Descending mechanisms of cannabinoid stress analgesia
Suplita, Richard Lee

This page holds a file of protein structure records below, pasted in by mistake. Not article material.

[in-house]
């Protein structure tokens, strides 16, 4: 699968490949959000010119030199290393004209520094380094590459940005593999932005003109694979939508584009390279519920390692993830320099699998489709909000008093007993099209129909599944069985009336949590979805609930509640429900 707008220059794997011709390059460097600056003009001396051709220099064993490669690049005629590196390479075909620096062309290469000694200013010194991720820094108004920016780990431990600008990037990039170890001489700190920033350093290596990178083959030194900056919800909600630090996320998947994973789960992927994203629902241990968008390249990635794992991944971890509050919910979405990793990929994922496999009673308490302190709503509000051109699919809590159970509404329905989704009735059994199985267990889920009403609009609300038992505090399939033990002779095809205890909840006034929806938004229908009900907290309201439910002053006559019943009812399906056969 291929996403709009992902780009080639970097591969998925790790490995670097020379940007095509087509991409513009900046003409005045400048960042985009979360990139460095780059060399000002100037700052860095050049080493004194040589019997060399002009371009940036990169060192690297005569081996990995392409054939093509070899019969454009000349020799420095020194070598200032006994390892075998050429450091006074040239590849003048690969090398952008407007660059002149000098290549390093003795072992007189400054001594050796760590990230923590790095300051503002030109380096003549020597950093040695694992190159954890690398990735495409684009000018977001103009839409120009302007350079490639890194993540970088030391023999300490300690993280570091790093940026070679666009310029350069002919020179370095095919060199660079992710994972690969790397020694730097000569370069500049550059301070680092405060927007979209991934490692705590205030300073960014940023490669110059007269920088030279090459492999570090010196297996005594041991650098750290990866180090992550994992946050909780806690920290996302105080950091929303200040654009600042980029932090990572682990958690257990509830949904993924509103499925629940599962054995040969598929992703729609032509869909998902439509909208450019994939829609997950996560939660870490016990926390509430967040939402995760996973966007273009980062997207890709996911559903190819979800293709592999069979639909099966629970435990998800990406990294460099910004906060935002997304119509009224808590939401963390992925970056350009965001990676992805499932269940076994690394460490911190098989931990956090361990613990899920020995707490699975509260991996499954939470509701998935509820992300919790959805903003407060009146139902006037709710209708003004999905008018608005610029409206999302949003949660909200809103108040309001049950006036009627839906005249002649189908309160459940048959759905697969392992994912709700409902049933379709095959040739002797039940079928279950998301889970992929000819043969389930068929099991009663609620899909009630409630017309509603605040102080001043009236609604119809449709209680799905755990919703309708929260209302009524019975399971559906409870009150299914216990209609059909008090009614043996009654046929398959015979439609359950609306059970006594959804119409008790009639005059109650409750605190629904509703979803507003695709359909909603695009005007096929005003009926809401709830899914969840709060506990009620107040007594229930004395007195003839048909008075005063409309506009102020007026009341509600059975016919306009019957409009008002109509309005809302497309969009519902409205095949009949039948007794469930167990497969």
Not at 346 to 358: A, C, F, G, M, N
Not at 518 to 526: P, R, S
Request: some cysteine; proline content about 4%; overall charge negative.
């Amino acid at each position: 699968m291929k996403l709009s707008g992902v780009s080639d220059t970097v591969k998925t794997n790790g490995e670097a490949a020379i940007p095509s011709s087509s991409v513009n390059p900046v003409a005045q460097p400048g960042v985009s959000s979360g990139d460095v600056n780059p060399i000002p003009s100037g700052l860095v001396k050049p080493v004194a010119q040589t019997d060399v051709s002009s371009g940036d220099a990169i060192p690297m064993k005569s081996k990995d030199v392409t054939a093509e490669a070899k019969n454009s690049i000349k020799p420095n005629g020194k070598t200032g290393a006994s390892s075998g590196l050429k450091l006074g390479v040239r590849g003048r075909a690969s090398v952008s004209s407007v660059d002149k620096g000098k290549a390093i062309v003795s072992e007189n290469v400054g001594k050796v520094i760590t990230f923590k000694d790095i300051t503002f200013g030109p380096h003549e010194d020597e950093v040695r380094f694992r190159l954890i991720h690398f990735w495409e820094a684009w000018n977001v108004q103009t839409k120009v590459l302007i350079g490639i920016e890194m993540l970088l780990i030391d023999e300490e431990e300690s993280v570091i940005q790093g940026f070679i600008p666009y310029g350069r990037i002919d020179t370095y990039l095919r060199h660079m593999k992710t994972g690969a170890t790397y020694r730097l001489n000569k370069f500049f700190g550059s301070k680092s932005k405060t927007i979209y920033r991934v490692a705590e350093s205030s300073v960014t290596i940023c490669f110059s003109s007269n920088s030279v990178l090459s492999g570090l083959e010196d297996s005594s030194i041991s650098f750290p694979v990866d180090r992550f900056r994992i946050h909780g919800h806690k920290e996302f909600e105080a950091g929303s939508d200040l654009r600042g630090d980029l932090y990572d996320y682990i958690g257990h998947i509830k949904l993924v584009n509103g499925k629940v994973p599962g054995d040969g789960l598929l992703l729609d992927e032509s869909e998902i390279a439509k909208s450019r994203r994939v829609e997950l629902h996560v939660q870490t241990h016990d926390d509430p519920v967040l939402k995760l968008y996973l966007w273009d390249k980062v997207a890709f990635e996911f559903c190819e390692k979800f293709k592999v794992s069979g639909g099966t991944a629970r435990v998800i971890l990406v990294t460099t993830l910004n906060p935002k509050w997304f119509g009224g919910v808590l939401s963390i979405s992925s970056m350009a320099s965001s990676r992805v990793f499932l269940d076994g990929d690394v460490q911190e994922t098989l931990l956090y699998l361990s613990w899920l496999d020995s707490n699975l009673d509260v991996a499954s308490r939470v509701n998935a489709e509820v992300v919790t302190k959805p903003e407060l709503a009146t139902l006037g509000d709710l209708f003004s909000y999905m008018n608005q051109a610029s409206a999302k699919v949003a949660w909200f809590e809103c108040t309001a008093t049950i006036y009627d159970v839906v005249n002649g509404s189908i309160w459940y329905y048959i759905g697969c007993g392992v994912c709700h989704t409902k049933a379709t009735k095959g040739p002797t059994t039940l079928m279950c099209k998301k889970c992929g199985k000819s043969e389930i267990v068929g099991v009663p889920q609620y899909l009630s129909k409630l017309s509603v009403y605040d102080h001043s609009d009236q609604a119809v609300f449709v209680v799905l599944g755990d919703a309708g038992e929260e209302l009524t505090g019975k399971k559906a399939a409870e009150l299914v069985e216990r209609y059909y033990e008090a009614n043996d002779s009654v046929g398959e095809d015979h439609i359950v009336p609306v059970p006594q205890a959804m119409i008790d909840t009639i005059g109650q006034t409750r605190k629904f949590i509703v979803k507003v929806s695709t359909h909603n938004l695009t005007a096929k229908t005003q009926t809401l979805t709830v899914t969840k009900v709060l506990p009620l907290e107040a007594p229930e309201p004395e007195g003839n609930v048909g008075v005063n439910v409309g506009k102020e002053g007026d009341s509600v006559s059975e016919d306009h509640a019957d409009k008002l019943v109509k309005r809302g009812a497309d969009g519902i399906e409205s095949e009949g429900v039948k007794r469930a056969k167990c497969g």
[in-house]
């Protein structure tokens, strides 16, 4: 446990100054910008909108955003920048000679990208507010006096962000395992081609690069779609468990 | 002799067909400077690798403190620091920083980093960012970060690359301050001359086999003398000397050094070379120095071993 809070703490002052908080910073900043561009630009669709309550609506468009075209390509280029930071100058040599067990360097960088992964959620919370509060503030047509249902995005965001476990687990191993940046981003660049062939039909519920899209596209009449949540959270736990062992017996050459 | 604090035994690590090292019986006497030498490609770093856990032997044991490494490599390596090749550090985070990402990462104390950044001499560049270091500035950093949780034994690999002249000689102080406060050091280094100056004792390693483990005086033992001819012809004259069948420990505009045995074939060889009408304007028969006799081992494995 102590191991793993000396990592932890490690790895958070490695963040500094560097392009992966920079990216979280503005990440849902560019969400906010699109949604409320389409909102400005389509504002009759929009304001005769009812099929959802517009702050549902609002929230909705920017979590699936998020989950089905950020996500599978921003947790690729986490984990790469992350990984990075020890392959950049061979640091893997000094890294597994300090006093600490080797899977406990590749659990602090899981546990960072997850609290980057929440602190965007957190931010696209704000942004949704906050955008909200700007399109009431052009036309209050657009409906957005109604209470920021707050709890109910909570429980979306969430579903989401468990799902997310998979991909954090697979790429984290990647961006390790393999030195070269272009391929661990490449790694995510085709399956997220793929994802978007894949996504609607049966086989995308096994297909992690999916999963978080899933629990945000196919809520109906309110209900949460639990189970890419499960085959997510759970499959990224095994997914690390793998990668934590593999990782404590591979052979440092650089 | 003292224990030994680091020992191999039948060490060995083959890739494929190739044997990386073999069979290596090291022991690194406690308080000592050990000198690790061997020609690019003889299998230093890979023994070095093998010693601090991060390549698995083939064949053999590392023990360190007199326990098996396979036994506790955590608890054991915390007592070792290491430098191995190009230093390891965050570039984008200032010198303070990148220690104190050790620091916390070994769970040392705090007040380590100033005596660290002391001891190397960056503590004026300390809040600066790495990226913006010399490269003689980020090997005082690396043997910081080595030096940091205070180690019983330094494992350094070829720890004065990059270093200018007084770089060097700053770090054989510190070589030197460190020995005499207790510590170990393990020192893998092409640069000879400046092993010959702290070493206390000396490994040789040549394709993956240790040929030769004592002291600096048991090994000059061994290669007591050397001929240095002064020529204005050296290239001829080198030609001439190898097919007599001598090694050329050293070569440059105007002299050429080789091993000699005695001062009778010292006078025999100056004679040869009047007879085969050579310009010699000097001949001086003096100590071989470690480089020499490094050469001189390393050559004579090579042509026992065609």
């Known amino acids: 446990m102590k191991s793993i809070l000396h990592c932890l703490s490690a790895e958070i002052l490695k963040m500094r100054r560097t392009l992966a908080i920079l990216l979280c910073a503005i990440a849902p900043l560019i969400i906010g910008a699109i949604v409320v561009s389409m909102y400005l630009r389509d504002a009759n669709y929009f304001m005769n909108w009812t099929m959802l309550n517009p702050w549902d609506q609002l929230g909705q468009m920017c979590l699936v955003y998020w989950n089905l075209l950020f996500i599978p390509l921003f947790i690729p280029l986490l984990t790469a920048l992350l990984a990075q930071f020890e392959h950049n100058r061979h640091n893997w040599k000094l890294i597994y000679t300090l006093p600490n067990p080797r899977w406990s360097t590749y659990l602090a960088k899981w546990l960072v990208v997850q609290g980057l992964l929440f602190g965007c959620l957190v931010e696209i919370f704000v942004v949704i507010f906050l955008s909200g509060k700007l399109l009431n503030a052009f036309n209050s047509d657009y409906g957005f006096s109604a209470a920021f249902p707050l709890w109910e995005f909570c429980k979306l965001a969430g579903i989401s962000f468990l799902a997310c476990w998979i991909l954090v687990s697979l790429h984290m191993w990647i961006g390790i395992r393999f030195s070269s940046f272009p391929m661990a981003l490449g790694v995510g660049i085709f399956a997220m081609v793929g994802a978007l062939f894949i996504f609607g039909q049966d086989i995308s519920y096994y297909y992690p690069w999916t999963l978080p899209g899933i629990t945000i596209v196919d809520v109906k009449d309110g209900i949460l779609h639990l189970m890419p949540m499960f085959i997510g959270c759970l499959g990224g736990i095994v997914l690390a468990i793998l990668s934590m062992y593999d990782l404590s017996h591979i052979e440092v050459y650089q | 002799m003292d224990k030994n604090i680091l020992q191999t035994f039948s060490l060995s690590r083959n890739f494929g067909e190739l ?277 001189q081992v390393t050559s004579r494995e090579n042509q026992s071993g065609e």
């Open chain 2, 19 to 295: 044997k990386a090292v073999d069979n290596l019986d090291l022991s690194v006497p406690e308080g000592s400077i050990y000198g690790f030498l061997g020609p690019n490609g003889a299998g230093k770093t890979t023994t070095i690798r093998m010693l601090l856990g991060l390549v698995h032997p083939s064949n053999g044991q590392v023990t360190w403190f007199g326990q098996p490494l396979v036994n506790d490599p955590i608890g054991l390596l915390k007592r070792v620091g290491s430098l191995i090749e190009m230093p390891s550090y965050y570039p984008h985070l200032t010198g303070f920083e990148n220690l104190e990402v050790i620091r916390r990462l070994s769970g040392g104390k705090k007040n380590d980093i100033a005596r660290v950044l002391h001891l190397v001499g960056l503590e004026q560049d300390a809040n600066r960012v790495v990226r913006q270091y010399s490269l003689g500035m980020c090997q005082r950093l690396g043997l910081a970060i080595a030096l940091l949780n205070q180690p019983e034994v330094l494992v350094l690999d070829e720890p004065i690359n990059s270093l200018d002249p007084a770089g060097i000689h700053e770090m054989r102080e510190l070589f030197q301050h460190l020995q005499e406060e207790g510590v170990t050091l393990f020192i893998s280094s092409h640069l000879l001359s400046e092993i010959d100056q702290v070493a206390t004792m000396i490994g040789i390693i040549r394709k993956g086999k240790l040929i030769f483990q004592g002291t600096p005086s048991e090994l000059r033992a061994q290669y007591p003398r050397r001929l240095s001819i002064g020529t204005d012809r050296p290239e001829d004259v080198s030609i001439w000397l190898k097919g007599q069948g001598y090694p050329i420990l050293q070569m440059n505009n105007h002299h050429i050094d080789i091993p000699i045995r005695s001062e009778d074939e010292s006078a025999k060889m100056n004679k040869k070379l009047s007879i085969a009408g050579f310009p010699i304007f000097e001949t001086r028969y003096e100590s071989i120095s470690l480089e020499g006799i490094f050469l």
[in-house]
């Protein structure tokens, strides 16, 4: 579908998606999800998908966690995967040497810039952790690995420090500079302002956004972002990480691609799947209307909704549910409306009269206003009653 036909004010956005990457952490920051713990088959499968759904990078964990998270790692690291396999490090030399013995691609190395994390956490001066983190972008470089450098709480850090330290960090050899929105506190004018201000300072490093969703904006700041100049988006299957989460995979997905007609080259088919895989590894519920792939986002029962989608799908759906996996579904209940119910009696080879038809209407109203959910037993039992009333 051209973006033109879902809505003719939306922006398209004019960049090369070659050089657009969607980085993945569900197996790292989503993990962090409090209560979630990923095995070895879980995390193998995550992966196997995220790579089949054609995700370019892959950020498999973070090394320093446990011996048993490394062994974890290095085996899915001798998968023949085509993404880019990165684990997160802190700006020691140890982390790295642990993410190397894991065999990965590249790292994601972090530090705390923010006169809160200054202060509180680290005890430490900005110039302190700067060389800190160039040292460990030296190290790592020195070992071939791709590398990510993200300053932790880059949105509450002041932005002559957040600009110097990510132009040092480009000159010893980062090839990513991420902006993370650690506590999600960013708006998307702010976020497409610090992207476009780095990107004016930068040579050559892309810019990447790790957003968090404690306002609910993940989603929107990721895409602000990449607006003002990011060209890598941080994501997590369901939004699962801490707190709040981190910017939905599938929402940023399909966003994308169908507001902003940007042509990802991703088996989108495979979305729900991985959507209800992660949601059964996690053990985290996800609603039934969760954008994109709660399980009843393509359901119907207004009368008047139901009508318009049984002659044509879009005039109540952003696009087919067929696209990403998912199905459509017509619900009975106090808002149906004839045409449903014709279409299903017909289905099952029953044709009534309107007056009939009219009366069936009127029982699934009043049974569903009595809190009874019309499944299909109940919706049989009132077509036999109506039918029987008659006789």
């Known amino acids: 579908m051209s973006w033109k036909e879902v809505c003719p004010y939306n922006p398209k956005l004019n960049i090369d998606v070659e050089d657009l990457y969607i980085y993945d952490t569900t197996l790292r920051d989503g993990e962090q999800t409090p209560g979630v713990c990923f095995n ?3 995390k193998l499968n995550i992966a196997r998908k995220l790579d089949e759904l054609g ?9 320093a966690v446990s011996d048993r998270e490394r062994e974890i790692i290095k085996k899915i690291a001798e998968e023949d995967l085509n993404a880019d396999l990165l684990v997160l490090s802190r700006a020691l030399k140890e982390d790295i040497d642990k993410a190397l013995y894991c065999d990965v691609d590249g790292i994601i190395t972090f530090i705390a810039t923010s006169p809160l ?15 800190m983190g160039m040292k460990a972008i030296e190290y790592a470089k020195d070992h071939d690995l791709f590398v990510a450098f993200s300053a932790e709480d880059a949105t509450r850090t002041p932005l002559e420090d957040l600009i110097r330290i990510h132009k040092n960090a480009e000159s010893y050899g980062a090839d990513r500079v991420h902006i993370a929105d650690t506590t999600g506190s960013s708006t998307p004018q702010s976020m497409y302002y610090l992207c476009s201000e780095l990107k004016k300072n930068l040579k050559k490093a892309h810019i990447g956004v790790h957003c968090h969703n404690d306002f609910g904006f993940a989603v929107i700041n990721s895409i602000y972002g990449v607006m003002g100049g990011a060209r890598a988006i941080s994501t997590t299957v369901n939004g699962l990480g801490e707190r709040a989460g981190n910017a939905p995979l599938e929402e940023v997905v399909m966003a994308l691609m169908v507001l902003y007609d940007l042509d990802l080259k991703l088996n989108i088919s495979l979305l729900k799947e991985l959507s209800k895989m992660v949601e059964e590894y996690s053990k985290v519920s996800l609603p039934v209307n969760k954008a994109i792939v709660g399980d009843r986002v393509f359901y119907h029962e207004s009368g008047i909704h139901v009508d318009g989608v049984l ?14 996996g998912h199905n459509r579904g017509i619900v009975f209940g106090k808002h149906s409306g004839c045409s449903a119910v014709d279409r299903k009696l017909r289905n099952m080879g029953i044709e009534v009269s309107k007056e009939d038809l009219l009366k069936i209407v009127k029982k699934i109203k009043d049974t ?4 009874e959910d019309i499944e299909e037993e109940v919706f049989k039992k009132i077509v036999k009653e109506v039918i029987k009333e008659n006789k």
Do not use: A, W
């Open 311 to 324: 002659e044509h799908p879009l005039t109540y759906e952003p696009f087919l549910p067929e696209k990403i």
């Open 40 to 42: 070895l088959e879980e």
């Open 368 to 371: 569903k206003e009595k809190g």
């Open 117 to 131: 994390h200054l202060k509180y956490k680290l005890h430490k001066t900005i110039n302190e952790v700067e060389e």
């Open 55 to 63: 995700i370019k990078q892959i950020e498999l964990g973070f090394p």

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Stress- induced analgesia (SIA) is a state of decreased responsiveness to noxious stimulation following exposure to an environmental stressor. Inescapable foot-shock causes either opioid or non-opioid stress analgesia in rats depending on shock duration or intensity. Recent research from our laboratory indicates that non-opioid SIA elicited by brief continuous footshock is mediated by endogenous cannabinoids. The present study tested the hypothesis that pharmacological inactivation of cannabinoid receptors in brainstem nuclei modulating descending pain control attenuates non-opioid SIA. The competitive CB1 antagonist SR141716A was microinjected into the dorsolateral periaqueductal gray (dPAG), rostroventral medulla (RVM) and onto the lumbar spinal cord to evaluate the sites of action of non-opioid stress analgesia. Antagonist infusion into the dPAG and RVM, but not onto the spinal cord, was associated with decreased latency of responding to noxious stimulation. These results support the hypothesis that a descending cannabinergic neural system is activated in response to environmental stressors to modulate pain sensitivity.